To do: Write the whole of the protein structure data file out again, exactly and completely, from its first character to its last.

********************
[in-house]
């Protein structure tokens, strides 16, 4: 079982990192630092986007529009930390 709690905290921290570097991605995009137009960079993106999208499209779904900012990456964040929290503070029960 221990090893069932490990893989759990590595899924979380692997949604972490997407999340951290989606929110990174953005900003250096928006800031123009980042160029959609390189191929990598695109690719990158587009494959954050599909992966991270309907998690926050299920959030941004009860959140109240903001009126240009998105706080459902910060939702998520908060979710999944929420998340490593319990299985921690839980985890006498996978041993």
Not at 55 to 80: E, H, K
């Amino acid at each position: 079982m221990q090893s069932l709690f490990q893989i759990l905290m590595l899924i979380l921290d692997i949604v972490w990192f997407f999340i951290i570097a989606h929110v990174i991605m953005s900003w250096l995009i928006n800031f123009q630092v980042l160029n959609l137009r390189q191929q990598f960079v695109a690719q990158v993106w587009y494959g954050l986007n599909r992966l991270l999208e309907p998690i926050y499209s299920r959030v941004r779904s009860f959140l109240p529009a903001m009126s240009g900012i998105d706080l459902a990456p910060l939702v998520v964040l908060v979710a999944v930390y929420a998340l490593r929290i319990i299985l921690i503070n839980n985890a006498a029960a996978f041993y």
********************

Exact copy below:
[in-house]
């Protein structure tokens, strides 16, 4: 079982990192630092986007529009930390 709690905290921290570097991605995009137009960079993106999208499209779904900012990456964040929290503070029960 221990090893069932490990893989759990590595899924979380692997949604972490997407999340951290989606929110990174953005900003250096928006800031123009980042160029959609390189191929990598695109690719990158587009494959954050599909992966991270309907998690926050299920959030941004009860959140109240903001009126240009998105706080459902910060939702998520908060979710999944929420998340490593319990299985921690839980985890006498996978041993």
Not at 55 to 80: E, H, K
């Amino acid at each position: 079982m221990q090893s069932l709690f490990q893989i759990l905290m590595l899924i979380l921290d692997i949604v972490w990192f997407f999340i951290i570097a989606h929110v990174i991605m953005s900003w250096l995009i928006n800031f123009q630092v980042l160029n959609l137009r390189q191929q990598f960079v695109a690719q990158v993106w587009y494959g954050l986007n599909r992966l991270l999208e309907p998690i926050y499209s299920r959030v941004r779904s009860f959140l109240p529009a903001m009126s240009g900012i998105d706080l459902a990456p910060l939702v998520v964040l908060v979710a999944v930390y929420a998340l490593r929290i319990i299985l921690i503070n839980n985890a006498a029960a996978f041993y």